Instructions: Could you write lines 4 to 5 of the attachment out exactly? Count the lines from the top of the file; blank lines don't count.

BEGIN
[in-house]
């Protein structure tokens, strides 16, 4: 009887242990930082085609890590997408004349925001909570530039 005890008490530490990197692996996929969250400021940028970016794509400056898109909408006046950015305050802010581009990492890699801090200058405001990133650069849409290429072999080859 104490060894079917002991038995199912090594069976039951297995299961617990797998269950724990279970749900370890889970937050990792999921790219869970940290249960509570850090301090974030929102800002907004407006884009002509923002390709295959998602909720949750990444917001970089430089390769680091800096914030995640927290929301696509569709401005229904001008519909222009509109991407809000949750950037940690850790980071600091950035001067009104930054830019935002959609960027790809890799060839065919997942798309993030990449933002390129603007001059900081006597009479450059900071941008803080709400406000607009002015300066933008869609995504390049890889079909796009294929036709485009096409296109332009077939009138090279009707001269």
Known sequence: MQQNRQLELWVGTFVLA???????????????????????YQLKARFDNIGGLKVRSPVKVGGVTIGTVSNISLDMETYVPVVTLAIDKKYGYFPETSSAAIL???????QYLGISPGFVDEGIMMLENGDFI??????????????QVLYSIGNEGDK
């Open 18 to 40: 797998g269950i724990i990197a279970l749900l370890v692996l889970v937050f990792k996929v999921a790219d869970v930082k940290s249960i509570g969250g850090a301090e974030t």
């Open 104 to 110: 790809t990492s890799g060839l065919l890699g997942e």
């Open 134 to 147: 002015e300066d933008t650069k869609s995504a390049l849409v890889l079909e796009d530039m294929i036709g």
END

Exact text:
């Open 18 to 40: 797998g269950i724990i990197a279970l749900l370890v692996l889970v937050f990792k996929v999921a790219d869970v930082k940290s249960i509570g969250g850090a301090e974030t």
């Open 104 to 110: 790809t990492s890799g060839l065919l890699g997942e």